Keep your low beam headlights turned on, during both day and night. Speed limit on the streets of the city is 50 km/h, near schools even less, on the highway is higher. Police is known to wait at places where you might feel comfortable to drive over the limit, but almost never on the highway. Take special care while crossing Branko’s bridge, and driving on following streets: Bulevar Mihaila Pupina, Jurija Gagarina, Vladimira Popovica, and other major ones. Keep your seat belts fastened. Other passengers must also do the same, even when sitting in the back seat (if there are seat belts installed).
Allowed level of blood alcohol content (BAC) is 0.03%, which is roughly equal to one drink. If you do go by car to drink, consider going back using taxi or Safe driver service, +381-64/1746-411. They will come to pick you up on the small, folding motorcycle, pack it in your trunk, and drive you back home in your car. Their charge is modest, and slightly higher than one-way ride with the taxi (~5€ for <5km, ~7€ for <10km, and ~10€ for >10km)
Rent a car : Rent a Car Beograd Low cost car rental in Belgrade, free car delivery to hotel or airport. Available 24/7. Rent-a-car service, airport pick up, professional private driver, all day transportation, rent a luxury car, limousine service. Yellow lanes : Many boulevards and some streets have yellow lanes. They are reserved for public transport, i.e. buses and taxis, and you are not allowed to use them. The yellow lanes are marked with a yellow line, and are indicated on traffic signs. Some yellow lanes, though, are active only in certain periods of the day, usually during rush hours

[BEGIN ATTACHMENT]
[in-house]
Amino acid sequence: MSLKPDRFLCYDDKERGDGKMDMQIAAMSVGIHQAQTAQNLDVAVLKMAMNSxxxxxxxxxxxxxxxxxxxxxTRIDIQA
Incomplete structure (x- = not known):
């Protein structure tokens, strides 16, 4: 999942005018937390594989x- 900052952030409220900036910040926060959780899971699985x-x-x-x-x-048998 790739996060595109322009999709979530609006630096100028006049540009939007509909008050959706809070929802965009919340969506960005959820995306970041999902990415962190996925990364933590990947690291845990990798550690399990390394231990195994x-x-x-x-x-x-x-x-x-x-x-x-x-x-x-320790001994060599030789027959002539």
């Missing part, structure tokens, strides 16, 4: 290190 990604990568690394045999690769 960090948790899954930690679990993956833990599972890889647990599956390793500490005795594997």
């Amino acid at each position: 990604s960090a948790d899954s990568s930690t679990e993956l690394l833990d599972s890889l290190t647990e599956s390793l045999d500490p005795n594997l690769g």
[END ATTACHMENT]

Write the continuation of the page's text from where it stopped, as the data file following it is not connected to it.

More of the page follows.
Parking : There are spaces for parking in the city center. There is a large parking garage with 500 spaces under the old palace in the city center, across from the parliament building.
Also, take into consideration that in the center almost all of the parking spaces in the central streets have zones marked with green, yellow or red paint on the street (yellow zone spaces are actually marked orange, to avoid confusion with other marks). You can only stay for 3, 2 or 1 hours, respectively, in those spots. You can pay using the machine usually found near the parking spots, buy the parking ticket at a kiosk or by cell phone (just text your car’s license plate number (for example: BG123456) to numbers 9111 (red zone), 9112 (yellow) or 9113 (green). Every message you send is valid for one hour and, some 5 minutes before the hour has passed, you get a text message telling you that you can send another SMS if you want to extend your parking for the next hour. Of course, this only applies in yellow and green zones, in which you can park for more than 1 hour. After the time is up, you’ll have to re-park or risk paying a fine (around €15). All of this only applies on weekdays, from 7AM to 9PM and from 7AM to 2PM on Saturdays. After that (Sa 2PM – Mo 7AM) parking is free.